Biden administration

The news isn’t so great when it comes to wages — at least not the second year of the Biden’s term. Yes, earnings grew an average of 5.2% year-over-year in 2022, which is almost double the pre-pandemic average. But after considering inflation, which averaged 7.1%, workers are finding it harder to make ends meet.

This is a big problem for Biden. If real wages don’t turn positive and soon, preferably through a significant slowdown in inflation, then voters will give his administration no credit for all the jobs created. Make no mistake — it only gets tougher for Biden on the jobs front from here. With a significant slowdown in the economy forecast this year, or even a recession, the median estimate of more than 50 economists surveyed by Bloomberg is for the unemployment rate to rise to 4.4% by the end of 2023 and to 4.8% in 2024 — both higher than pre-Covid levels.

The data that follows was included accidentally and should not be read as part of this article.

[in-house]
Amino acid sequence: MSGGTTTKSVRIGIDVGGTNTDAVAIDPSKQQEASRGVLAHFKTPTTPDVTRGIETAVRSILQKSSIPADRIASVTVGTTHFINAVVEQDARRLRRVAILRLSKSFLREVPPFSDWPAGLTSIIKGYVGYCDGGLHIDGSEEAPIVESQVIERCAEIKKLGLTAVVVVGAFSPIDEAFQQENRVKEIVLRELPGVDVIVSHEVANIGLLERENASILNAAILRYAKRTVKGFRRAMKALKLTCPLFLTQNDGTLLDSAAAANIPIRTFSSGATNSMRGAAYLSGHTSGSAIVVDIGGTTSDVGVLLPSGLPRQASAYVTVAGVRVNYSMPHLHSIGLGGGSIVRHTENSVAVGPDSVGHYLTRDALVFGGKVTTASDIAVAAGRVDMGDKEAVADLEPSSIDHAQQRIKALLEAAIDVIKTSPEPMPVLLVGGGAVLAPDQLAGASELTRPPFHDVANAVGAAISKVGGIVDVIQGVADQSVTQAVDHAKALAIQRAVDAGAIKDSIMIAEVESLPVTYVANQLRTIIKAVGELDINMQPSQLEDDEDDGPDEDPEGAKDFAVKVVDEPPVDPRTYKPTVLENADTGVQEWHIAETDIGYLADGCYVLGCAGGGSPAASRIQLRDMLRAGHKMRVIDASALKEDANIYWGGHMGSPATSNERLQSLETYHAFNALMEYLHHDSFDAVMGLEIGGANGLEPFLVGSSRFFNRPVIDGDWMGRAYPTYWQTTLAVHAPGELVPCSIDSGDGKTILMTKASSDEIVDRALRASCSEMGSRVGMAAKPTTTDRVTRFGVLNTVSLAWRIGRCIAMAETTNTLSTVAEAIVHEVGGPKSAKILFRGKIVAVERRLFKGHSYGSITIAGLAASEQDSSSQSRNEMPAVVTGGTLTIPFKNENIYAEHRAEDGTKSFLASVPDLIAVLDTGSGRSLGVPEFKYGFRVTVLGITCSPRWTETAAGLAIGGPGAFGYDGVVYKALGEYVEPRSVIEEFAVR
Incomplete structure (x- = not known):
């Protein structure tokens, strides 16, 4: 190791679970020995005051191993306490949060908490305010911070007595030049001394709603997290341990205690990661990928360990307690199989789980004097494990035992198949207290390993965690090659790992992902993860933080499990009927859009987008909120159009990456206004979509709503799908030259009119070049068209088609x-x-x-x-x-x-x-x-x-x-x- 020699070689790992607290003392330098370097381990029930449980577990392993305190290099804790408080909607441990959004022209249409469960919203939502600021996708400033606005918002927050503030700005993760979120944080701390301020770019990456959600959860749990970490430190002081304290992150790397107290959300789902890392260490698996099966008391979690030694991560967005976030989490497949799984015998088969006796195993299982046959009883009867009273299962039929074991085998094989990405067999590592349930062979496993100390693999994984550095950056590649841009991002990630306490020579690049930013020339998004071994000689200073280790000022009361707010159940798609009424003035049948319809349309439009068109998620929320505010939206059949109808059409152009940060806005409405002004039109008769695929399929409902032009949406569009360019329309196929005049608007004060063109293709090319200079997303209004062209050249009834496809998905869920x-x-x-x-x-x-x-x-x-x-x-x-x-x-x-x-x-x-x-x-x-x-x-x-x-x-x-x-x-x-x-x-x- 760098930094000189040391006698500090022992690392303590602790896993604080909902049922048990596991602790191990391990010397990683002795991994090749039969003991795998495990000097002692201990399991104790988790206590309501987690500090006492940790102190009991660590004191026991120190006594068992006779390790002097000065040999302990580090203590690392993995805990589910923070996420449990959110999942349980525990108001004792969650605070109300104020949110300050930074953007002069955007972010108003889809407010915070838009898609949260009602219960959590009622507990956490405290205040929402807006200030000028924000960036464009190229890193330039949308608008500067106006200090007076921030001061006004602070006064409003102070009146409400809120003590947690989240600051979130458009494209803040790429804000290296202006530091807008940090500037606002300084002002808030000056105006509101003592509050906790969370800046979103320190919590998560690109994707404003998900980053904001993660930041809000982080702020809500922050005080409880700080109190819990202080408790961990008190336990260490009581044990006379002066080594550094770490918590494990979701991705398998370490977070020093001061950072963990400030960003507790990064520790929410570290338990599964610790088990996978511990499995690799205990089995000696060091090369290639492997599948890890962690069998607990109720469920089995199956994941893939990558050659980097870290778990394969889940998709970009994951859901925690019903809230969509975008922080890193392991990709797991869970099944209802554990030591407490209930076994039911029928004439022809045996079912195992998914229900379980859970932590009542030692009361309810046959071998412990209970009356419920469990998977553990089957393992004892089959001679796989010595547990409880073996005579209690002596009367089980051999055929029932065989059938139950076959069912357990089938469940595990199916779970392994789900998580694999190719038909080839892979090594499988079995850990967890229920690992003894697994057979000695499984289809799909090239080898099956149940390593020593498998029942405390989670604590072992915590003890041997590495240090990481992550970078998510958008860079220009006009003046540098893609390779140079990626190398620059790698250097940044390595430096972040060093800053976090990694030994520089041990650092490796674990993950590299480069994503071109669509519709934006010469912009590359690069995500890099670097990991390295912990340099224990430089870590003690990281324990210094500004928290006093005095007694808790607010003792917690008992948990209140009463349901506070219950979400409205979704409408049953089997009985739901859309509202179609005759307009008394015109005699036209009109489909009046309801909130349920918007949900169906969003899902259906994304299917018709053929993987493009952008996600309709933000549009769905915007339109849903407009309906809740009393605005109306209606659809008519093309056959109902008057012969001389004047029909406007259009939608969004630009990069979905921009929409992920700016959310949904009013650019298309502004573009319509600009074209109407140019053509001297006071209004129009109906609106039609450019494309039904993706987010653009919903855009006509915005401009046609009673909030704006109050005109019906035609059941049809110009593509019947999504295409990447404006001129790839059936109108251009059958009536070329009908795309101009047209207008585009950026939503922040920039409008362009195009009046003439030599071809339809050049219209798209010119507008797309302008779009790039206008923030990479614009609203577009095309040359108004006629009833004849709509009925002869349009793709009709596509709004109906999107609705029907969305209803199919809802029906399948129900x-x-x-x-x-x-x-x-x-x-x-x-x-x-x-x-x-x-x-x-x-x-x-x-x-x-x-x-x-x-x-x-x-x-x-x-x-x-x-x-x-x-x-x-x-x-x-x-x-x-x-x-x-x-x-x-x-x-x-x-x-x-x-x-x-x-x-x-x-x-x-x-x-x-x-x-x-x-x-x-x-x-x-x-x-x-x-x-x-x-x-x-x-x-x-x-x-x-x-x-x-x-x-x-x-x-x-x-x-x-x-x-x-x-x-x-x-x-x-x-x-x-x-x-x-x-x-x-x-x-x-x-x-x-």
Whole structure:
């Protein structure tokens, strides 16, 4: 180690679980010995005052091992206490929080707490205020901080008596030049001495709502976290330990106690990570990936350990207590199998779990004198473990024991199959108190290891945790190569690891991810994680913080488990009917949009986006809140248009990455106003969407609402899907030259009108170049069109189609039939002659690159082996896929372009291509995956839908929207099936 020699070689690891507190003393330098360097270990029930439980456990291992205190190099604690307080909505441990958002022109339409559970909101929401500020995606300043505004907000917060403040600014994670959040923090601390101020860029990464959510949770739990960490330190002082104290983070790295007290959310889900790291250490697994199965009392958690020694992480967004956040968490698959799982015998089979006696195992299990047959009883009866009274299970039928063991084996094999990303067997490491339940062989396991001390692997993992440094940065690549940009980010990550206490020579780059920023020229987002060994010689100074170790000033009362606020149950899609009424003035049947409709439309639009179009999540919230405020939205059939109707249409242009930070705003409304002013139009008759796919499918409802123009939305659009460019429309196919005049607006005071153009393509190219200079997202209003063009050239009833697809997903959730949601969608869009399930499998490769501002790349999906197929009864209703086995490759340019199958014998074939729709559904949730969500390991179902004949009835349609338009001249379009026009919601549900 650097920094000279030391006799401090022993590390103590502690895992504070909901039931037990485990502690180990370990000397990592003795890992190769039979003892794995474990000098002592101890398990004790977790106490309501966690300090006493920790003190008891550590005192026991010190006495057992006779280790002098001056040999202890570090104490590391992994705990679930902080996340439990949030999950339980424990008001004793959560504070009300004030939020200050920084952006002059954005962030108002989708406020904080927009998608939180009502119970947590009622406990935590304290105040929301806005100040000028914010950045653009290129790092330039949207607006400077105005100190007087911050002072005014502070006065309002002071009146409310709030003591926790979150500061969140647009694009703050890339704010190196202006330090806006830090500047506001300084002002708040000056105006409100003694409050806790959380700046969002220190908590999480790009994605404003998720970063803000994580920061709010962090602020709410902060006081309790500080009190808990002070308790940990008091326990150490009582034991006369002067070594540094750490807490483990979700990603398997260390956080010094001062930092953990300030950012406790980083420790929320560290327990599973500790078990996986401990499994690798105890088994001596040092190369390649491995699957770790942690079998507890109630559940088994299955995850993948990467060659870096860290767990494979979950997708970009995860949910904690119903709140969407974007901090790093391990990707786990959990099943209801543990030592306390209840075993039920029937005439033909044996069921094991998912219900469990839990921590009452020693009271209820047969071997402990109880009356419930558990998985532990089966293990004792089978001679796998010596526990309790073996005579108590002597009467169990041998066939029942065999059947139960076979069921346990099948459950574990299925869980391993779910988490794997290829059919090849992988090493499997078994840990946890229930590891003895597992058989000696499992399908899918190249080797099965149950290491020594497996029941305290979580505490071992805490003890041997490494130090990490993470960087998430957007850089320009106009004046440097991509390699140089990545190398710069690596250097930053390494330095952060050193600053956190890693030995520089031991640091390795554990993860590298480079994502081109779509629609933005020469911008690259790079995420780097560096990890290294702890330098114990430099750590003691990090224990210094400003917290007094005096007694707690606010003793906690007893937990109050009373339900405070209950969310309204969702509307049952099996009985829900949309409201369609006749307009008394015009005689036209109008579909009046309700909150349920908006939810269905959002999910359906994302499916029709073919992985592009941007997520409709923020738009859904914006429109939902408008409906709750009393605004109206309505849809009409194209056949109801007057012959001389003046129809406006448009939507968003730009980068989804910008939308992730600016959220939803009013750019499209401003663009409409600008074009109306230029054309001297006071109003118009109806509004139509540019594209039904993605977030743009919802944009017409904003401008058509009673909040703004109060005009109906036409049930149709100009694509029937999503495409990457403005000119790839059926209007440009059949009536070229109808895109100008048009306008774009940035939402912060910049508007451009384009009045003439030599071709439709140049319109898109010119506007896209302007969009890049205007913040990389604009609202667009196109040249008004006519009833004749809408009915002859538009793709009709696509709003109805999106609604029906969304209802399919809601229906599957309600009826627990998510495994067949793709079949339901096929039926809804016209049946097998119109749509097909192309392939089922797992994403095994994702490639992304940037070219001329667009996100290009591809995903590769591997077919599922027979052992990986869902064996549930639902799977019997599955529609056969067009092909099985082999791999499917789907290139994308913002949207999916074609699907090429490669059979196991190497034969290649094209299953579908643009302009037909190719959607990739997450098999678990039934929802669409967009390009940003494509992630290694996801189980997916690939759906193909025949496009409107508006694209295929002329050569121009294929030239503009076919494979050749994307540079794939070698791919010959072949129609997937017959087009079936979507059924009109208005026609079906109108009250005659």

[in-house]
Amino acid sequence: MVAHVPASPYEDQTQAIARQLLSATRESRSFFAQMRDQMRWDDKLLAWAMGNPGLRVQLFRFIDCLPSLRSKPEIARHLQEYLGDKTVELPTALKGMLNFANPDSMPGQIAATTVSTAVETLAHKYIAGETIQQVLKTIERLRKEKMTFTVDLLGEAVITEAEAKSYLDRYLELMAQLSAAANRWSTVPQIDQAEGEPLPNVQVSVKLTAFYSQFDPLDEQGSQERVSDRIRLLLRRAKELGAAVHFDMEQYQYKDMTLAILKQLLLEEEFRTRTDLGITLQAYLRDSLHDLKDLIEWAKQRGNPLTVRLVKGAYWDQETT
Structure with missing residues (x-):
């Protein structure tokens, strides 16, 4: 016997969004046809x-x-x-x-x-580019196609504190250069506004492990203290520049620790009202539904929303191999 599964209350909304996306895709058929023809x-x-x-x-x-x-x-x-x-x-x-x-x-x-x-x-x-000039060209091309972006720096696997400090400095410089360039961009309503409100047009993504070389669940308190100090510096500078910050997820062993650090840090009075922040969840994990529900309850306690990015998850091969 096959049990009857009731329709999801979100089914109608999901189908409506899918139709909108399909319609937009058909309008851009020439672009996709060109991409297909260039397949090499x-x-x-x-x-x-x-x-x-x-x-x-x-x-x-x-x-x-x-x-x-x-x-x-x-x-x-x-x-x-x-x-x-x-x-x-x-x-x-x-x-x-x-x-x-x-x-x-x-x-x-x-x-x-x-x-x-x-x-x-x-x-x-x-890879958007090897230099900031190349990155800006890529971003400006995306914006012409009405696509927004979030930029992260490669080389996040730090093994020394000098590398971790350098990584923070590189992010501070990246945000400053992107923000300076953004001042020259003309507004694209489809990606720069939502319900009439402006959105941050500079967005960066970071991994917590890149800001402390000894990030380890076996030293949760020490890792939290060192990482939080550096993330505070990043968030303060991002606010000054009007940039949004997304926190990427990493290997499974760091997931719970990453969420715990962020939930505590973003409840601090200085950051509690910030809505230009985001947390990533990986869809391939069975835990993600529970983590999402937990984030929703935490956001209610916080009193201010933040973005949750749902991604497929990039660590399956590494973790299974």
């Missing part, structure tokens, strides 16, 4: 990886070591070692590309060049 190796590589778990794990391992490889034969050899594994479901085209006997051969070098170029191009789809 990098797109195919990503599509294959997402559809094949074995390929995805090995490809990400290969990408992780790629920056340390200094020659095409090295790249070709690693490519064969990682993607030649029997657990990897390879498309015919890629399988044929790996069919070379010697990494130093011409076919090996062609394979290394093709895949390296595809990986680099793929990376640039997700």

The inflation spell has broken

Investor expectations are historically a good predictor of consumer prices

Headshot of Matthew WinklerMatthew A. Winkler

Note: Breakeven data, measure of future inflation expected by Treasury investors, available starting 2004. Source: Bloomberg

When the Consumer Price Index increased 9.1% in June from a year earlier, Republicans and most of the news media were certain the fastest inflation since November 1981 would result in a massive Red Wave repudiating Biden and his fellow Democrats in the midterm elections. But to an extent not seen since 1934, the party in the White House prevailed, gaining another senator who widened the majority while losing a mere eight seats in the House where Republicans barely seized the speaker’s gavel.

Biden administration

For Biden, inflation and the expectation of a wage-price spiral proved to be a lot less than met last summer’s eye. That’s because the CPI decelerated for nine consecutive months, to 5.0% in March, marking the biggest retreat since late 2008 and early 2009. The inflation rate, already poised to be 8th lowest among 34 developed countries, likely is further diminished by the most aggressive credit-tightening by the Federal Reserve since the 1980s. All of which makes the US bond market the world’s best performing among the Group of Seven developed countries.